OK, thank you for all of that. Let’s now shift to the core focus of our interview. This will be intuitive to you but it will be helpful to spell this out directly. Can you help explain a few reasons why it is so important to believe in yourself? Can you share a story or give some examples?
If you don’t believe in yourself, you will continue to keep yourself back by your limited beliefs and you will continue to define your life and your future decisions by things that have happened to you in the past. Looking back at my life, imagine if I believed my parents that beating cancer is a big enough accomplishment to lay to rest all my future pursuits! If I had allowed this to happen I would have continued to cling to the past, telling myself I am a cancer survivor, reminding myself that I don’t need to push harder in life because I already kicked cancer. This is exactly how so many of us are held back by limited beliefs and the stories we tell ourselves about the past. If I did that, I wouldn’t be a doctor, wouldn’t be a woman thriving in her career, and I certainly wouldn’t be doing this interview today. I am where I am today for one reason: I believe in myself.
What exactly does it mean to believe in yourself? Can I believe that I can be a great artist even though I’m not very talented? Can I believe I can be a gold medal Olympic even if I’m not athletic? Can you please explain what you mean?
Sure, you can believe anything about yourself. Remember, by believing in ourselves, we are using the most amazing capacity we have as humans, imagination and imagining all sorts of amazing things about yourself is a beautiful thing. However, if you plan to put your beliefs into action and go after the Olympic medal when you are not athletic, you must consider your base-level potential. The base-level potential is your realistic appraisal of whether you have the basic ingredients for the job. For example, I know I can’t become a gold medalist in running. Given my prosthesis, I can imagine and believe in myself, but it’s just not physically possible. The truth is many of us do have the basic ingredients to achieve our dreams. It is our limited beliefs that almost always hold us back.
Was there a time when you did not believe in yourself? How did this impact your choices?
Toward the completion of my clinical coursework, there was a time I found myself at a crossroads: go into private practice as a generalist or take a leap of faith and focus solely on transgender and nonbinary adults. My gut instincts were telling me to pursue my passion, gender therapy. My mind, or more accurately the ego, that part of ourselves that does not like risk and change, was telling me that I would fail. As usual, the ego does much unnecessary chatter. It is the most annoying coworker within my headspace that has been with my brain company the longest. My heart gave in and I lost. Almost a year passed until I decided to trust and believe in myself again. This cost me time, and as we know, time is the most precious resource we cannot get back. When at the crossroads, always bet on yourself. At least, that’s what I learned to do from that mistake. I wish I could tell you I also fired the ego, but unfortunately, their contract is indefinite.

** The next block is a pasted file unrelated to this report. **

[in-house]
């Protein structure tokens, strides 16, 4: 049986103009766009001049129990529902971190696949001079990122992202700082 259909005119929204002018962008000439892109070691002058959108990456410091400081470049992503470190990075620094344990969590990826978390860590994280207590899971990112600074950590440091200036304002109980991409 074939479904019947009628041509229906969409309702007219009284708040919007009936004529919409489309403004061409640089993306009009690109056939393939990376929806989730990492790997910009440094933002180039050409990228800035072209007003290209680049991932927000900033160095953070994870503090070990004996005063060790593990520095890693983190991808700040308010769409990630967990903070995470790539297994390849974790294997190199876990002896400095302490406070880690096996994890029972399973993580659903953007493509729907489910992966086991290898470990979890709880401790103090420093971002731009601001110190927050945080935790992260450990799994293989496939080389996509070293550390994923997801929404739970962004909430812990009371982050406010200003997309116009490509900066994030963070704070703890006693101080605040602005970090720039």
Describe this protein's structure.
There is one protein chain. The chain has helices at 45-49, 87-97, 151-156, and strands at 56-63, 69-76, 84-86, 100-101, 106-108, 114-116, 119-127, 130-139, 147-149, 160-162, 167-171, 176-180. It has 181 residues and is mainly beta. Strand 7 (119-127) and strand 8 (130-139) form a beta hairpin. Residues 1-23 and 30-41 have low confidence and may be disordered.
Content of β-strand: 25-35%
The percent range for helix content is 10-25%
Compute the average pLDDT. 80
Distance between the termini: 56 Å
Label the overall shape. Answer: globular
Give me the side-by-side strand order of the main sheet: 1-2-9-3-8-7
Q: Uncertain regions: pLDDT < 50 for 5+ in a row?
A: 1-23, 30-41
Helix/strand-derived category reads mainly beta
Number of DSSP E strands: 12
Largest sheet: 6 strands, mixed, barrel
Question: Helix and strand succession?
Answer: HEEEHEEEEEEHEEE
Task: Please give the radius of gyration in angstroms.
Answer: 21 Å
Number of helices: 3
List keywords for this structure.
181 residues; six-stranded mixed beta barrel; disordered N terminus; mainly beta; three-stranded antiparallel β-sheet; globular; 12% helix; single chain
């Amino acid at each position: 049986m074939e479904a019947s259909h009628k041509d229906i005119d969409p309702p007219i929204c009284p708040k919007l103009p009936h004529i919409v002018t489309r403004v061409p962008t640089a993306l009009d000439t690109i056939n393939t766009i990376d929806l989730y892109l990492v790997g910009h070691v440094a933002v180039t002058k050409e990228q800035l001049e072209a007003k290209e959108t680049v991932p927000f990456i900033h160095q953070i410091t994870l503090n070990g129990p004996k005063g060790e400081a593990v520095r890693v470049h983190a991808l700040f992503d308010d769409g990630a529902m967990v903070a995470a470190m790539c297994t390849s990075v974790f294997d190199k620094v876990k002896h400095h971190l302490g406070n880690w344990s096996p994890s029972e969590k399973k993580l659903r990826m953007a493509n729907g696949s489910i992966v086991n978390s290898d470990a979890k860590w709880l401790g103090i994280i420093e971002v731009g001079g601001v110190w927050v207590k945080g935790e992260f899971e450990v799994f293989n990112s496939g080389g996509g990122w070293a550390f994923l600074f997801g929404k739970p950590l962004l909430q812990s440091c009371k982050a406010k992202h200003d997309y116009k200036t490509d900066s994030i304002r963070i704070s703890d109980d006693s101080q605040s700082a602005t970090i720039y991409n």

At what point did you realize that in order to get to the next level, it would be necessary to build up your belief in yourself? Can you share the story with us?
One day I read Gay Hendricks’s “The Big Leap,” in which he talks about the upper limit we all experience toward numerous aspects of who we are, how much we can earn, how much weight we can lose, how successful we can become, etc., and how the upper limit problem holds us back. Whenever I feel content, that part in our lives when things feel comfortable, I know it’s a sign to level up and push my limits. That’s when I tap into my belief system.
What are your top 5 strategies that will help someone learn to believe in themselves? Please share a story or example for each.
1 . The first strategy is to imagine whatever it is you want to believe in about yourself and build on that image. When I start working with transgender adults, they almost always struggle to believe in themselves. Imagining how they envision themselves in regard to their gender identity helps them cultivate the inner belief that it’s possible. Imagination is the most powerful tool we possess. Remind yourself that everything you see surrounding you, from the table to the chair you sit on, was once imagined.
2 . The second strategy is to realize how resistant your ego is. That’s because the ego doesn’t like changes, and believing in yourself leads to changes in your life. Imagine your headspace as a corporate company. Ego is one of the employees within your headspace, and every time it senses a possible change, it will nag, kick, and complain. Ego also hates taking risks because it feels threatened and will engage in temper tantrums trying to convince you to change your mind with sentences that all start with “don’t.” Don’t you dare change your career, you’ll end up broke. The ego is critical, cynical, pessimistic, and one big party pooper. Whenever I do not believe in myself, I check in with my company and ensure the ego has not been promoted to an employee of the month and I highly recommend others do the same.